4 This point is more Fat's than mine, but this New Love owes huge tips of the hat to Simmons & Free Darko. Although neither really told me anything new, per se, both were intrumental in articulating ways of thinking about, & thusly positing different ways of watching, basketball. They have illustrated to us that its okay to love basketball, because it tells us something about ourselves, & its not completely retarded to assert that an interest in the travails of, say, Carmelo Anthony, somehow asserts something about oneself as a person. Say what you will about Simmons, but can you really deny that the dude's seeded a more vested, deeper love of the L in fans, & especially new fans, in the last five years? FreeDarko does the same, albeit at a more extrapolated level.

Friday, November 10, 2006

Clockwork Tides

We've been busy manning the pumps. I was vaguely aware the Reviewiera offices were on top of the old east-side frog pond, but we didn't know there was a mole-man-esque underground lake below the sub-basement.

Super Robot Taisen: Original Generation is done, & I did done save the entire planet. The thrwarting of an alien invasion via a massively enjoyable turn-based strategy game exclusively featuring giant mecha was mainly accomplished on a train-trip to San Francisco and back. Truthfully, I was stuck on one damn mission the entire trip down, then broke through & rolled through a fistful of missions, handing out mecha-sized servings of mashed potato ass-kicking.

Especially noteworthy is the final 3 or 4 missions, a stage-by-stage final all-out assault on the Balmarian artificial planet, the White Star. Praiseworthy, if only because, having slogged through & figured out real sticky missions (like the aforementioned Portland-to-San Francisco exercise in frustration), the final missions were at-once competitive & yet easy at the same time.1

The general knock against Taisen in the reviewing-field is that in Japan the franchise frequently features mechs from tv series such as Evangelion, Gundam, and Getter Robo. Taisen is a product of Banpresto, a subsidiary of almighty BANDAI, which in turns owns the rights to the extensive Gundam franchise, so obtaining the licensing rights to those comes as little surprise. Its perhaps a penchant of Japanese marketing that other companies seem to have little problem allowing thier products to be pitched against each other in a video game made by a third-party. Obtaining these licenses for an American release of a Taisen game proved difficlt, which is why Banpresto went w/ the Original Generation thing. Even though the mecha involved look holy-hell a lot like mecha from the Gundam franchise, it turns out every single one of them is an original creation by the Banpresto team - hence, no licensing required.

The real consequence of completing Taisen is I can move on to Pokemon: FireRed Version. This may just be the best strategy turn-based semi-RPG I've ever laid thumbs on.

I don't know where to start. From the "collect 'em all" element, to the good ol' fashioned leveling-up process, to the "I wonder what this pokemon looks like when it evolves?", to the color-coded world ("Vermillion City"), to the strange pride & puffing-out-of-the-chest I get from winning a badge from a gym leader. Good, great video game fun.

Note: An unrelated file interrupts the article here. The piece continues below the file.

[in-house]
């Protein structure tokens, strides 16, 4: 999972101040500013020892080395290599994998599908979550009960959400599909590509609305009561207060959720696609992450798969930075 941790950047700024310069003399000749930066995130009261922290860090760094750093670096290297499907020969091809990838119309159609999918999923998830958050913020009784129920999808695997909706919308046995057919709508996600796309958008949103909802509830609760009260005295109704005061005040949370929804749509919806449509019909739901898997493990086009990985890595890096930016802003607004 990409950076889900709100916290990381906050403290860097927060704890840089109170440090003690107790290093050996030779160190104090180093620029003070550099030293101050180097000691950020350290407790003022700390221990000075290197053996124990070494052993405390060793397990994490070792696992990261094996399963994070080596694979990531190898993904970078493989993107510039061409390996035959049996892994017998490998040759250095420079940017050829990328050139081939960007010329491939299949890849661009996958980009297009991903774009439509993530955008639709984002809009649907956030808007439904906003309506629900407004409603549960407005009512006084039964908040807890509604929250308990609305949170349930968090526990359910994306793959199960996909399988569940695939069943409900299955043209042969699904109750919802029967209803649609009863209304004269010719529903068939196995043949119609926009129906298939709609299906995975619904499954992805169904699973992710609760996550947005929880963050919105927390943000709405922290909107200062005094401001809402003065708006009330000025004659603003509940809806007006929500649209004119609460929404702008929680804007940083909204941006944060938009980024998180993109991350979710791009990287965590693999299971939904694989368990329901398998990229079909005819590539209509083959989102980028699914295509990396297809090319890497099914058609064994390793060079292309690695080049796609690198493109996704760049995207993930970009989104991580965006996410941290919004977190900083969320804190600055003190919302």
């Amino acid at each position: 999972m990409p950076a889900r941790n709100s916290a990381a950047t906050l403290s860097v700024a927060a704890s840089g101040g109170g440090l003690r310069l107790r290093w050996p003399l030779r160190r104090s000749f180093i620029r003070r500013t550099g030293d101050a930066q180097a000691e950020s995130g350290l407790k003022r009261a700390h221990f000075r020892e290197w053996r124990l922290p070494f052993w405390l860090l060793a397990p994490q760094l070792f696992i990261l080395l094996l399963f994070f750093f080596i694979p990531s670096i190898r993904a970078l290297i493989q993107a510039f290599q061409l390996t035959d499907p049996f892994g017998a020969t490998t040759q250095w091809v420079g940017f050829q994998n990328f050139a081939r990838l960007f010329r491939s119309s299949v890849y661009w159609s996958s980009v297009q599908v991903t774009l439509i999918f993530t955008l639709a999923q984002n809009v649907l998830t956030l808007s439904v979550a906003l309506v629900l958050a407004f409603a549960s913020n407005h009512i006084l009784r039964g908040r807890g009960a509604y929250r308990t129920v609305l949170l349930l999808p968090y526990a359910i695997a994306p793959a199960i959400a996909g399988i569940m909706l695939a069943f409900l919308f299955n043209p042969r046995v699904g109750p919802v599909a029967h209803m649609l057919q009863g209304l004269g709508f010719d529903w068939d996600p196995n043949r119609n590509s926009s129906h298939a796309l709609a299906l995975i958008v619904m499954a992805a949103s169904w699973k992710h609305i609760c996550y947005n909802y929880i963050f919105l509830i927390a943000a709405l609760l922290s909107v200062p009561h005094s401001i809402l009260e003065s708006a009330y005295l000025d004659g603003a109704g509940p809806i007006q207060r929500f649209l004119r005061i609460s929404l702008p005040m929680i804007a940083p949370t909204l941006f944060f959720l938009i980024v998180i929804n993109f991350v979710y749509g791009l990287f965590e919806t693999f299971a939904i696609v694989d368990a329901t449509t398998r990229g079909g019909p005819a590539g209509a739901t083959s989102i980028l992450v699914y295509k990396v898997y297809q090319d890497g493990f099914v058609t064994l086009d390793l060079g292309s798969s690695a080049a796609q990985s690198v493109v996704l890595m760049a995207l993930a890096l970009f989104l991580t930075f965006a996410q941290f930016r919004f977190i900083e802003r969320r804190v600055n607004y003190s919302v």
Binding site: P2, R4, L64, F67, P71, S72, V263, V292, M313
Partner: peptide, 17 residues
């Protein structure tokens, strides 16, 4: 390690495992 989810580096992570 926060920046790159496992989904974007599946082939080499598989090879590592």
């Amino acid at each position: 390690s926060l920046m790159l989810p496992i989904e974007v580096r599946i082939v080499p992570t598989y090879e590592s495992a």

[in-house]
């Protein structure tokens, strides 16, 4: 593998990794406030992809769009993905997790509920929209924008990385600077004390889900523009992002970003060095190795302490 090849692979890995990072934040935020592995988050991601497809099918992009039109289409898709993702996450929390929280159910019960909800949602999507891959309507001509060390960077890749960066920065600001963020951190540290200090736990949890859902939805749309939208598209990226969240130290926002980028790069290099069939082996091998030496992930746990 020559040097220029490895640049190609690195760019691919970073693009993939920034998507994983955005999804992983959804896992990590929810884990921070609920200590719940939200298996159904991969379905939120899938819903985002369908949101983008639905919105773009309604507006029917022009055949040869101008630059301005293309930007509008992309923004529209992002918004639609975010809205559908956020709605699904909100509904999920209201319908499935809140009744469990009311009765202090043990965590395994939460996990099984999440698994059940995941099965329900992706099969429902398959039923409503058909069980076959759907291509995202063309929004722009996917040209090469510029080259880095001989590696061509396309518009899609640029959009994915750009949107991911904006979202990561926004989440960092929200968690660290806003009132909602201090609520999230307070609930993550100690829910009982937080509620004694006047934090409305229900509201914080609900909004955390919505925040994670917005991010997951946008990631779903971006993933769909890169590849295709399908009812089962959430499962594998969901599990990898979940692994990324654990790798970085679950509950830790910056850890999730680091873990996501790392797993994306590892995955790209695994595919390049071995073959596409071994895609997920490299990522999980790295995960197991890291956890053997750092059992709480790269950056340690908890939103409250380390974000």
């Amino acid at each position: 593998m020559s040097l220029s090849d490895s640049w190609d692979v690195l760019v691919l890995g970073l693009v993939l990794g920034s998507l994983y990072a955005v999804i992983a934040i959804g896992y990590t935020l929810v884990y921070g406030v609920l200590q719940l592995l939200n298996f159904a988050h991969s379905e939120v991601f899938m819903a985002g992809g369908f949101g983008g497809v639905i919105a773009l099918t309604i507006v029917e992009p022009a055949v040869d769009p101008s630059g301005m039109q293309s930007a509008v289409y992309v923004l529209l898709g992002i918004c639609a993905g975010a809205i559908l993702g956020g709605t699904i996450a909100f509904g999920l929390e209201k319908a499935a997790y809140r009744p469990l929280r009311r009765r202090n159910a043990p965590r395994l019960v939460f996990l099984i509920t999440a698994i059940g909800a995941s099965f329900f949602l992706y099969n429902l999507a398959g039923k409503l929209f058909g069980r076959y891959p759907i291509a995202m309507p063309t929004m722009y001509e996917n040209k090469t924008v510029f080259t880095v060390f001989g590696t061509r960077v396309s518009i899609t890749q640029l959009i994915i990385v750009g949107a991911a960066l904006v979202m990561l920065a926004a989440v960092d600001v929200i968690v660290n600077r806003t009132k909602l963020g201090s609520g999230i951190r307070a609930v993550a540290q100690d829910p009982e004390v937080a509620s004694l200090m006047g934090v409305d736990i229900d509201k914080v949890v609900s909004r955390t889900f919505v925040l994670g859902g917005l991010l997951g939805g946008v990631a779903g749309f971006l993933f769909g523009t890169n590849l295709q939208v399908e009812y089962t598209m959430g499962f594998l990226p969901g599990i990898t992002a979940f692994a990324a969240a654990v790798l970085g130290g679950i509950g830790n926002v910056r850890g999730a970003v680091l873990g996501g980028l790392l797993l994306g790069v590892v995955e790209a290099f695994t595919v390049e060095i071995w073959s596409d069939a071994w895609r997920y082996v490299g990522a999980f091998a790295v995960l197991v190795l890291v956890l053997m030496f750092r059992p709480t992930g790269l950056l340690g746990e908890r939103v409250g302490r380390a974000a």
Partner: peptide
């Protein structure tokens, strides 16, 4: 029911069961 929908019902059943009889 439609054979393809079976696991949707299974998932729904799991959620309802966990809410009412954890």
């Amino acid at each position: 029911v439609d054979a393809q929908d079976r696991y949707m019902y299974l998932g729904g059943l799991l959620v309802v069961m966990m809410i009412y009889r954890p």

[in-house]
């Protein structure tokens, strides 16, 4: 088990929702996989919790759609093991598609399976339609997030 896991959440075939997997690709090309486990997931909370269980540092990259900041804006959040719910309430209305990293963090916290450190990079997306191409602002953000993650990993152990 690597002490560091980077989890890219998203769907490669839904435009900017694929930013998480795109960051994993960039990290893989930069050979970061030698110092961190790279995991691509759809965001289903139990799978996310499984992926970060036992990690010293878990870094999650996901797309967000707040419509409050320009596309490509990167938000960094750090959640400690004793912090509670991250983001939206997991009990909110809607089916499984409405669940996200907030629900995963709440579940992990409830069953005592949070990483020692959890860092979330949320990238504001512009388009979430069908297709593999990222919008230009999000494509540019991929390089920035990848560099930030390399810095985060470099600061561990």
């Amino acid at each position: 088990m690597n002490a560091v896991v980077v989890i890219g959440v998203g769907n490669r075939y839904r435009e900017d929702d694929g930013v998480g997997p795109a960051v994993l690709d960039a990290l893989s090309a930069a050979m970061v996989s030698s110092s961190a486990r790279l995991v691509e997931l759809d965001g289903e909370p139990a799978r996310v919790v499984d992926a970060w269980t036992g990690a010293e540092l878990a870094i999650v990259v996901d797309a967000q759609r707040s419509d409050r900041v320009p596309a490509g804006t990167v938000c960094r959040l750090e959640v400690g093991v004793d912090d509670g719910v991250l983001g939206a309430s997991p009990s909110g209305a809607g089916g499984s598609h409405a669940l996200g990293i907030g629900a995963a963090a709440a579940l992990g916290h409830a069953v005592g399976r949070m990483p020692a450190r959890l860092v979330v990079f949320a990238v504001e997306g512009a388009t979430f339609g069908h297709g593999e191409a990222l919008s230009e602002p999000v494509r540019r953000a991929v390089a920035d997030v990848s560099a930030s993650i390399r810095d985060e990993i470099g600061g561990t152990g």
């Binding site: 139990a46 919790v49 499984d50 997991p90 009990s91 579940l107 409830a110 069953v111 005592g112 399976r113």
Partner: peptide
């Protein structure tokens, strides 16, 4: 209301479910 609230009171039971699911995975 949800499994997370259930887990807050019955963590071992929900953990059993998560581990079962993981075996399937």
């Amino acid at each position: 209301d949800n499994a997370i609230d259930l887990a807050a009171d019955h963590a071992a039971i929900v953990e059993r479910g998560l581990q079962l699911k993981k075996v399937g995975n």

And, of course, the NBA is underway. I stick to my best-case/worst-case scenario for the TrailBlazers: at best, they're basically last year's New Orleans/Oklahoma City Hornets, right down to the ROY in Roy & being in the playoff race (mathamatically). Worst case scenario is a record like last years, maybe 5 more wins, although the product on the floor will be infinitely more pleasant to watch.

And Zach! He really is in great shape, & I'm enjoying a summer's worth of dumbasses who called for his departure, claiming the team could go nowhere w/ him, having to suddenly & abruptly go silent (dicks).

My favorite observation thus far, however, is that in a few games the patently bullshit preseason "what to look fors" which stated this team would miss "intangible" players Blake & Khrypha were put to rest. Both those players (esp. Blake) were touted last season as guys who-don't-fill-up-a-stat-sheet-but-do-a-lot-of-little-things-on-the-floor. Sorry but don't you usually only need ONE of those guys? And aren't they usually overshadowed by the true stars of the team? Straws of postivity, these were, grasped at by the media to throw the fandom a bone.


1 And there is nothing more rewarding that laying the smacketh down on a final boss. The classic example of this is the two times I've played Final Fantasy VIII. The first time I didn't truly grasp the game's strategic system, & as a result the final boss took a gargantuan 3 hours to beat (& probably 4 or 5 tries). The second time round I'd achieved a true understanding of the game's ins & outs. The final boss was defeated in a mere 30 minutes of blissful ass-kicking limit-break assaults. Now that I think about it, this may be a particular merit of Japanese RPGs in general - an almost zen-like understanding of the game is what you're supposed to achieve, & your reward will be the summary dispatch of your greatest adversaries. Miyamoto Musashi & shit like that.